Knight-Swift Reports Earnings Drop Amid Revenue Growth

CEO Adam Miller Notes ‘One of the Deepest Freight Recessions the Truckload Industry Has Ever Felt’
Knight-Swift lineup
(Knight-Swift Transportation Holdings Inc)

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Knight-Swift Transportation Holdings saw its first-quarter bottom-line results swing from a profit to a loss amid what company CEO Adam Miller described as “one of the deepest freight recessions the truckload industry has ever felt.”

The Phoenix-based truckload carrier on April 24 reported a Q1 net loss of $2.64 million, or negative 2 cents a diluted share, for the three months ending March 31. That compared with a gain of $104.3 million, 64 cents, during the same time the previous year.

The drop came even as the company’s consolidated total revenue increased by 11.3% to $1.82 billion from $1.64 billion. Knight-Swift attributed the revenue growth largely to its July 2023 acquisition of U.S. Xpress Enterprises, whose operations are being integrated into the truckload and logistics segments.

Knight-Swift ranks No. 7 on the Transport Topics Top 100 list of the largest for-hire carriers in North America.


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The Q1 results fell below expectations by investment analysts, who were expecting EPS of 19 cents per share and revenue of $1.86 billion, according to Zacks Consensus Estimate.

Miller said the earnings drop was a reflection of persistently tough market conditions.

“Cost depletion continues to be a challenge, labor is staying tight and interest rates are up significantly,” he said during a call with investors. “This has resulted in both significant pricing and cost pressures and has led to razor-thin margins.”

He also noted that historic industry trends have been tested.

“It’s clear that the highs during the pandemic have led to the lows in the current environment,” Miller said. “As a cyclical industry, we are accustomed to changes in the market. We have never seen the extremes we are currently experiencing.”

That said, Miller is hopeful for a robust turnaround.


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“Given that we are at the lowest levels of operating performance our business may have ever seen, we believe we are positioned to benefit from significant operating leverage as business conditions improve,” he said. “We believe we have positioned our business to endure a difficult market and to be prepared to rapidly improve margins and cash flow when we begin to experience an inflection in the market similar to our performance in previous cycles.”

Revenue in the Knight-Swift truckload segment increased 26.3% year-over-year to $1.09 billion from $866 million. But operating income fell 80% to $23.2 million from $115.9 million. The report noted that pricing challenges in the segment were exacerbated by worse-than-average weather disruption, leading to reduced volumes and higher operating costs. The segment consists of irregular route truckload, dedicated truckload, refrigerated, expedited, flatbed and cross-border operations.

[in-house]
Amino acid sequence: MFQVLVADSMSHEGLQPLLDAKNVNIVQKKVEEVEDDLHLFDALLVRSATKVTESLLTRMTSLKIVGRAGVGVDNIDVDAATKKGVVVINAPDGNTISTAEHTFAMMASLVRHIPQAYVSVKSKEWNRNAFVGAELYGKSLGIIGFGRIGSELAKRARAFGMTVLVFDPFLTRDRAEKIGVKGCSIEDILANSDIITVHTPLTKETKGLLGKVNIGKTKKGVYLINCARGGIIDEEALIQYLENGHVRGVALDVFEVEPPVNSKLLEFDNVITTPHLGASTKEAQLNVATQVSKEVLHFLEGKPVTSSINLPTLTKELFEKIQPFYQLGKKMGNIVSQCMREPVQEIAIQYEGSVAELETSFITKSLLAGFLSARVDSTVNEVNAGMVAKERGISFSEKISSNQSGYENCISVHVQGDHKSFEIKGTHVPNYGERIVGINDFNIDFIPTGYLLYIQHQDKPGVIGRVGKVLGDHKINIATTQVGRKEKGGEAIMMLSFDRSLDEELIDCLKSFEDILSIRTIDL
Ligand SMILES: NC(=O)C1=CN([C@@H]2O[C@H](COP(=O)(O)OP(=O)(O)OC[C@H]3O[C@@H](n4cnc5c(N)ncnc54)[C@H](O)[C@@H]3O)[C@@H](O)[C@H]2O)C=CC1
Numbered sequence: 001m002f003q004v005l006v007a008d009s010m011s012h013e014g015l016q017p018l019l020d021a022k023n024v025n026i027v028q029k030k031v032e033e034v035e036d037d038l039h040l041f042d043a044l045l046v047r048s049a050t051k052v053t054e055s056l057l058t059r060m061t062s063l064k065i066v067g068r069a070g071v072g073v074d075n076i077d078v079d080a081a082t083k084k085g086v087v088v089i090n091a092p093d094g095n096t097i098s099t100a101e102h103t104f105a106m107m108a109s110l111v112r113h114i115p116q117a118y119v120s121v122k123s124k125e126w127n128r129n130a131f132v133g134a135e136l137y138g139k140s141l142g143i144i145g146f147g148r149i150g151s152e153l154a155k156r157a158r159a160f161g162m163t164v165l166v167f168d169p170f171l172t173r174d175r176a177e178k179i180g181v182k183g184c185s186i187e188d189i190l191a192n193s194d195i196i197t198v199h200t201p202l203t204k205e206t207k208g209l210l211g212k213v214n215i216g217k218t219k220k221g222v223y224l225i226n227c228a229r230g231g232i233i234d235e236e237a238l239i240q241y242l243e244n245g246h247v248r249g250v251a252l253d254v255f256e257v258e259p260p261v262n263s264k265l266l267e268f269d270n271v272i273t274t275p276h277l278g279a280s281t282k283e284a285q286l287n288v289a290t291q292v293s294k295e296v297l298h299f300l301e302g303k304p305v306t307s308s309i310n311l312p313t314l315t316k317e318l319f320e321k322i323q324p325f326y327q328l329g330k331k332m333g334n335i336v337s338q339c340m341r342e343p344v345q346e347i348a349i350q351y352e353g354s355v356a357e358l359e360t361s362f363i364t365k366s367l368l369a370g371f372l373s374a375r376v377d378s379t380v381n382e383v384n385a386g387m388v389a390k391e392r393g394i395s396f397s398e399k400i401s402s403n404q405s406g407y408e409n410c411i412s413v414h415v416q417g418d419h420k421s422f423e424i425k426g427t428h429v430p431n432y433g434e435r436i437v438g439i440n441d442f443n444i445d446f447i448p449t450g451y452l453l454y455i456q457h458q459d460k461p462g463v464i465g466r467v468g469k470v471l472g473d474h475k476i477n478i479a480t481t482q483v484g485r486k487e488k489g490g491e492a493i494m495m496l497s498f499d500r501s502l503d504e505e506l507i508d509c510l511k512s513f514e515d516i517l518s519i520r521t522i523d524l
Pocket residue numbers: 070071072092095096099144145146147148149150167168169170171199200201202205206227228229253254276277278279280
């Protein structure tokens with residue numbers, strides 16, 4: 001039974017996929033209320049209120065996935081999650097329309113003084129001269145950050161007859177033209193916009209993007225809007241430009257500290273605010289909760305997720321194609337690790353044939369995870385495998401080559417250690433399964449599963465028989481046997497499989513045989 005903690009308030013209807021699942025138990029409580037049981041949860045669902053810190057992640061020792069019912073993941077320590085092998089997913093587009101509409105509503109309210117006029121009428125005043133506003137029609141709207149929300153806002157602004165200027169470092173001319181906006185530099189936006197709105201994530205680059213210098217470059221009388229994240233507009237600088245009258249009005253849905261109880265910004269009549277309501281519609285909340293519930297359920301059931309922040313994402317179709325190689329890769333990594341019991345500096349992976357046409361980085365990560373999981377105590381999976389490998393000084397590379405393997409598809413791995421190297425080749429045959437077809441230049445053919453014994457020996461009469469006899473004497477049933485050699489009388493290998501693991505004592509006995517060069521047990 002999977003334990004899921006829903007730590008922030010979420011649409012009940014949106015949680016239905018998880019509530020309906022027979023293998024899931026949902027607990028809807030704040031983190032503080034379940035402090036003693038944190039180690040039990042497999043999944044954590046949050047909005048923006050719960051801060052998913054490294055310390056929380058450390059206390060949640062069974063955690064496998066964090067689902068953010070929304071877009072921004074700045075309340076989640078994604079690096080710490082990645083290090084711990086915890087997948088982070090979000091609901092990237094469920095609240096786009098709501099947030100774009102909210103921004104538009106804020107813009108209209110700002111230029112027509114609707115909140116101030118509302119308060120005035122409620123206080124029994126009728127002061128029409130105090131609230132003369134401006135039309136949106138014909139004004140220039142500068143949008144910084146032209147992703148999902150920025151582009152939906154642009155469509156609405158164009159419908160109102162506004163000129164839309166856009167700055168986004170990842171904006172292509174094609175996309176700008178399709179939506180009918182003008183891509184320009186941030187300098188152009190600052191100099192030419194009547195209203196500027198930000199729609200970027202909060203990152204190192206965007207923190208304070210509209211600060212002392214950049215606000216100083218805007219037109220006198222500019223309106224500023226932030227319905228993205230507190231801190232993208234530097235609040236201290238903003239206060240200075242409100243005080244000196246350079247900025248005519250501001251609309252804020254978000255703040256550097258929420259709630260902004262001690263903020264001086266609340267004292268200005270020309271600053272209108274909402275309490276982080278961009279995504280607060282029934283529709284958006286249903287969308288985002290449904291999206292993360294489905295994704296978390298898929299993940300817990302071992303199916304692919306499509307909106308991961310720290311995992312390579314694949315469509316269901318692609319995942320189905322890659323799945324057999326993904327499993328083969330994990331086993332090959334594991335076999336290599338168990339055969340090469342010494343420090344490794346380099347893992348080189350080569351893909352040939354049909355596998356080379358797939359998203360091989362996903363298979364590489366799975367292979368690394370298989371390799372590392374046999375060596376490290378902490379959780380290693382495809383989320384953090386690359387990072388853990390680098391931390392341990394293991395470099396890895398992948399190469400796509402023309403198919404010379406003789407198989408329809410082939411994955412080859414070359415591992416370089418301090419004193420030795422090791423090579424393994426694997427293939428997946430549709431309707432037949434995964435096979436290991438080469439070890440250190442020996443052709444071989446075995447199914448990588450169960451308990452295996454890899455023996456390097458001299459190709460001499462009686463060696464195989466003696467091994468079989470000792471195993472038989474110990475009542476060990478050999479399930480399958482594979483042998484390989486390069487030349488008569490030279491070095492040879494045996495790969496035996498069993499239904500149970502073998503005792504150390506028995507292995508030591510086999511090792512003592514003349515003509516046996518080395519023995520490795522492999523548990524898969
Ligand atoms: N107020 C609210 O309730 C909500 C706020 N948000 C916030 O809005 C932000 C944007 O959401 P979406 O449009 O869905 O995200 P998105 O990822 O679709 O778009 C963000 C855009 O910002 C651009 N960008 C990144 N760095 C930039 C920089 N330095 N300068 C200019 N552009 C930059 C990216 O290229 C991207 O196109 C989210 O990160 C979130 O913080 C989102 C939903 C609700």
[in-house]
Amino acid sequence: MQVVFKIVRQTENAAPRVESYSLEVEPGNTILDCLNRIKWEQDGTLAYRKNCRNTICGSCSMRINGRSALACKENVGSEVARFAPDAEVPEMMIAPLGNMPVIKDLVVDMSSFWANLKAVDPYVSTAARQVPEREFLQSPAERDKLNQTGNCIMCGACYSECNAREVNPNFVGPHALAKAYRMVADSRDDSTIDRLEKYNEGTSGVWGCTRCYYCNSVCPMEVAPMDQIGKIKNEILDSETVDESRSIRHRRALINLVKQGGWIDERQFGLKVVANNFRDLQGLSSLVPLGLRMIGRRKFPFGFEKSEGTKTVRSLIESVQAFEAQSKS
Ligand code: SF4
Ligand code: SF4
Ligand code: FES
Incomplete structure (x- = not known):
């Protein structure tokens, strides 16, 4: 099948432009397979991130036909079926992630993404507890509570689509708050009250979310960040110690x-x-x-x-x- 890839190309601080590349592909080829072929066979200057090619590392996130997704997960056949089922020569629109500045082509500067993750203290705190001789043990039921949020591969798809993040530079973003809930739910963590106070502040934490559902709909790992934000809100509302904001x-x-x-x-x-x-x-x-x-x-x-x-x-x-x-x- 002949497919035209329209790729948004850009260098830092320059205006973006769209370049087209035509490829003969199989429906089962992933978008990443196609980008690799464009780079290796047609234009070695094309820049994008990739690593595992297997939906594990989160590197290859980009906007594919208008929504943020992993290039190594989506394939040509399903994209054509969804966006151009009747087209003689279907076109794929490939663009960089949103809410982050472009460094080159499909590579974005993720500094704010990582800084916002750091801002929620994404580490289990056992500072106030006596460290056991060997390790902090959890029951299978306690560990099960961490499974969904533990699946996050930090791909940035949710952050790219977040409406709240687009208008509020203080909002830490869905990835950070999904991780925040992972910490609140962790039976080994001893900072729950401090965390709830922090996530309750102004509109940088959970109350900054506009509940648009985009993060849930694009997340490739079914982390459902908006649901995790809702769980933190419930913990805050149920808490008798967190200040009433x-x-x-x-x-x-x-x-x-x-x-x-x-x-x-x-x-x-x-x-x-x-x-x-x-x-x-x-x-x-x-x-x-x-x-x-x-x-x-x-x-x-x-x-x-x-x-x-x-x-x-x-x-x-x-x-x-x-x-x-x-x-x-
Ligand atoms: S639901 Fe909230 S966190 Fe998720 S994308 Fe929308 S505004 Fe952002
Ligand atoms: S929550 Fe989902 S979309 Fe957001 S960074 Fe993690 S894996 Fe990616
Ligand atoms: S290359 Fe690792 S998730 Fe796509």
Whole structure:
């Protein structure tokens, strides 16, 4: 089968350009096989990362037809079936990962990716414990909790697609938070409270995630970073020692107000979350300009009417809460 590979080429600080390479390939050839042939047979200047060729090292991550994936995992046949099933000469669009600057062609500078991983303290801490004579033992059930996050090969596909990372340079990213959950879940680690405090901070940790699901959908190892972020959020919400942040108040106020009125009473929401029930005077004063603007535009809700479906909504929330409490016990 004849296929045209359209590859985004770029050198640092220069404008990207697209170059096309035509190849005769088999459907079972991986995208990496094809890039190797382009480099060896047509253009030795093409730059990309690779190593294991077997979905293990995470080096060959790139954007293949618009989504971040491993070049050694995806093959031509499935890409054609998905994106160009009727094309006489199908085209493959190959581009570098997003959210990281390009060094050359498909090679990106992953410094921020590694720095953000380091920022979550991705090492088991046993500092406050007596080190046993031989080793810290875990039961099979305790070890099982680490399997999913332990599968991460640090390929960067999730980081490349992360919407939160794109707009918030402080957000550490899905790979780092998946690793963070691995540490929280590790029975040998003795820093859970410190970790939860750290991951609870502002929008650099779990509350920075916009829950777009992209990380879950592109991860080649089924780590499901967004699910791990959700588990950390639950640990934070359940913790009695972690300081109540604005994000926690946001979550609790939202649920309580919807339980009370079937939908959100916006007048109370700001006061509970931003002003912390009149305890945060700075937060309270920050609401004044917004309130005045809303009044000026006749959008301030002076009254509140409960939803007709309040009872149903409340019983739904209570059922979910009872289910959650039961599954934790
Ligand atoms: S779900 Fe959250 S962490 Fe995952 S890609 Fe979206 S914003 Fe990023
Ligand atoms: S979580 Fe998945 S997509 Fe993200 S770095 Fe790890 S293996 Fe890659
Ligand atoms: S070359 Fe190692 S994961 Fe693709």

Miller said he expects synergies across the U.S. Xpress operations to improve now that Knight-Swift has had time to “establish the right rigors around cost and revenue management.” He added, “We believe this business is positioned to perform at levels significantly better than legacy U.S. Xpress. We expect to close the margin gap within our legacy Knight and Swift fleets when we have a more favorable market.”

Revenue in the Knight-Swift less-than-truckload segment revenue increased 12.6% to $241 million from $213.9 million during the same time last year. Operating income decreased 23.7% to $20.3 million from $26.6 million last year. The segment’s operations were concentrated in regions exposed to the severe winter weather during the quarter, which took a particular toll on network and operating costs, Knight-Swift said. The segment also had to contend with higher maintenance and labor costs amid volume shifts and longer travel to new facilities.

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Revenue in Q1 for the logistics segment decreased 7.3% to $126.7 million from $136.8 million last year, while operating income fell 80.7% to $2.47 million from $12.8 million. This segment saw load count fall by 10.1% year-over-year as the company diverted loads to its legacy truckload business to partially offset loss of contractual volumes after a series of bid cycles. The persistently weak demand environment was further pressured by weather disruptions.

Intermodal segment revenue decreased 20.4% to $88 million from $110.6 million during the year-ago period. The segment also saw its bottom line swing to an operating loss of $4.91 million compared with operating income of $5.1 million. The drop in revenue was driven by a 19.1% decline in revenue per load that was partly due to the inclusion of project revenue in the prior-year period, and a 1.6% decline in load count as a result of soft demand and competitive truck capacity, the company said.